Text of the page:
Fed Satisfies Markets—New Buy Signals Generated

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[Chart courtesy of MarketWatch.com]

  1. Moving the markets

A variety of events combined forces to pull the markets out of their doldrums, while not only creating a new “Buy” signal for our Trend Tracking Indexes (section 3) but also breaking the S&P 500’s glass ceiling, namely its 200-day M/A (+0.57%).

We also were re-acquainted with the fact that bad news is good news, as poor economic data releases were seen as putting pressure on the Fed regarding their hawkish interest rate policy.

As ZeroHedge pointed out, Job Openings fell by 353k, as hiring, quits tumbled to multi-year lows. US Pending Home Sales plunged to their biggest annual drop ever, and the Chicago PMI collapsed to Covid-lockdown lows.

But the big assist came from the Fed, when Powell presented his prepared remarks, while talking out of both sides of his mouth:


  • The time for moderating the pace of rate increases may come as soon as the December meeting.


  • “Given our progress in tightening policy, the timing of that moderation is far less significant than the questions of how much further we will need to raise rates to control inflation, and the length of time it will be necessary to hold policy at a restrictive level.”
  • WILL REQUIRE SUSTAINED PERIOD OF SLOWER DEMAND GROWTH. It will take substantially more evidence to give comfort that inflation is actually declining. By any standard, inflation remains much too high.”

There you have it. The caution that higher rates are here to stay far outweighed his lonely dovish comment. However, the latter was all the markets wanted to hear, and off to the races we went with the Dow scoring a 700-point gain, the S&P 500 storming ahead +3.09%, all of which now looks to be the beginning of the much hoped for Santa Claus rally.  

Once the bulls got the upper hand, it comes as no surprise that shorts were squeezed adding to the late session Ramp-A-Thon. Bond yields dropped sharply, the US Dollar got slammed, while gold was the beneficiary with the precious metal spiking +1.14% and having its best month since July 2020.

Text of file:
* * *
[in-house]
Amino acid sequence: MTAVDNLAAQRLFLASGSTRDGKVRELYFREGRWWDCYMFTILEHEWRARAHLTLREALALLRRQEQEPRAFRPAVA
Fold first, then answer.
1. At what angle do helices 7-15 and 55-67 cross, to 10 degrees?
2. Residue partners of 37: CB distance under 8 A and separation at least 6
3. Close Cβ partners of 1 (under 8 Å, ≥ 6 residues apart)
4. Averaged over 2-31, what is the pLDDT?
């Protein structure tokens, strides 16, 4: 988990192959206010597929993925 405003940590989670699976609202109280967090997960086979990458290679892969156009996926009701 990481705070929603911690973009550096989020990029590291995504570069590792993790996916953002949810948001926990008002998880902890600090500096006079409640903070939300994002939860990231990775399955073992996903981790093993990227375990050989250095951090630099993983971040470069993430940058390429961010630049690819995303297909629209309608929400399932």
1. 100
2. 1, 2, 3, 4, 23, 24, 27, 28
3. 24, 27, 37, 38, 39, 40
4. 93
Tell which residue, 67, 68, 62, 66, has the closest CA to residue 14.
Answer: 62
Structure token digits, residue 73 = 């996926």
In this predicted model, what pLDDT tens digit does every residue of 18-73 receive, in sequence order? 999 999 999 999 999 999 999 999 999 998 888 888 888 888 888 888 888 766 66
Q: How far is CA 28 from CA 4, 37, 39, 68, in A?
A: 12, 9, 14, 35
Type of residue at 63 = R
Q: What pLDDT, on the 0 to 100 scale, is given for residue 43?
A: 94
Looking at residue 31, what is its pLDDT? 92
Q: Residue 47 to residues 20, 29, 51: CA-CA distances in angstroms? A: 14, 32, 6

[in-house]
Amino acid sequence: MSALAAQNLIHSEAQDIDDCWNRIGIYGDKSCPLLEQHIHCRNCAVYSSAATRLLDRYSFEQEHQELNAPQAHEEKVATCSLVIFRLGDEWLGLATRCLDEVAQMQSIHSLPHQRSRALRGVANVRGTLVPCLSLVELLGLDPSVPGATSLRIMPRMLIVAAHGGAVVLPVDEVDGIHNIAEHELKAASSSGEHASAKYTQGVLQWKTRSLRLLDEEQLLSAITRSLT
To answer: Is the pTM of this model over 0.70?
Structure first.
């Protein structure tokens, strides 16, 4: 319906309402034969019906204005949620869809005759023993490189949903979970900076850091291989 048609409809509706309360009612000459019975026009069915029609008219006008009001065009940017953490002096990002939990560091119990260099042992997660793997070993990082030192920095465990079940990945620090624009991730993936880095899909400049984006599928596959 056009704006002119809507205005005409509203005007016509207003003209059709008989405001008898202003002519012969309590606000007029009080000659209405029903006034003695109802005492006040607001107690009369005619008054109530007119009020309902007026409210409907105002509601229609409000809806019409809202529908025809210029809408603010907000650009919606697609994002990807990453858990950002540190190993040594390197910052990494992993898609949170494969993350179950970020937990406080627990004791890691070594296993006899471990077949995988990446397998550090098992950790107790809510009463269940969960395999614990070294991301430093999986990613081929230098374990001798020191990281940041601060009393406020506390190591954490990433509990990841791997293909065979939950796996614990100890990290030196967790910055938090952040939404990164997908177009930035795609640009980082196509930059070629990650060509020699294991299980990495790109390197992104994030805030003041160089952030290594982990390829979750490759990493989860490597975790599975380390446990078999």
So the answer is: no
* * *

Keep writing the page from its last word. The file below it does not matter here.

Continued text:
Back to the 2008-2009 analog. Have we now reached a point where 2022 will diverge and start a new bull market?

We will soon find out.

2. “Buy” cycle suggestions

For the current Buy cycle, which starts on 12/1/2022, I suggest you reference my most recent StatSheet for ETFs selections. If you come on board later, you may want to look at the most current version, which is published and posted every Thursday at 6:30 pm PST.

I also recommend for you to consider your risk tolerance when making your selections by dropping down more towards the middle of the M-Index rankings, should you tend to be more risk adverse. Likewise, a partial initial exposure to the markets, say 33% to start with, will reduce your risk in case of a sudden directional turnaround.

We are living in times of great uncertainty, with economic fundamentals steadily deteriorating, which will eventually affect earnings negatively and, by association, stock prices. I can see this current Buy signal to be short lived, say to the end of the year, and would not be surprised if it ends at some point in January.

In my advisor practice, we are therefore looking for limited exposure in value, some growth and dividend ETFs. Of course, gold has been a core holding for a long time.

With all investments, I recommend the use of a trailing sell stop in the range of 8-12% to limit your downside risk.

3. Trend Tracking Indexes (TTIs)

Our TTIs finally broke out of their trading ranges with both generating a new Buy signal effective tomorrow, 12/1/2022. The Domestic TTI covers “broadly diversified domestic mutual funds and ETFs,” while the International one contains the same but in the international arena.

This is how we closed 11/30/2022:

Domestic TTI: +4.16% above its M/A (prior close +1.72%)—Buy signal effective 12/1/2022.

International TTI: +3.31% above its M/A (prior close +1.47%)—Buy signal effective 12/1/2022.

Disclosure: I am obliged to inform you that I, as well as my advisory clients, own some of the ETFs listed in the above table. Furthermore, they do not represent a specific investment recommendation for you, they merely show which ETFs from the universe I track are falling within the specified guidelines.

All linked charts above are courtesy of Bloomberg via ZeroHedge.

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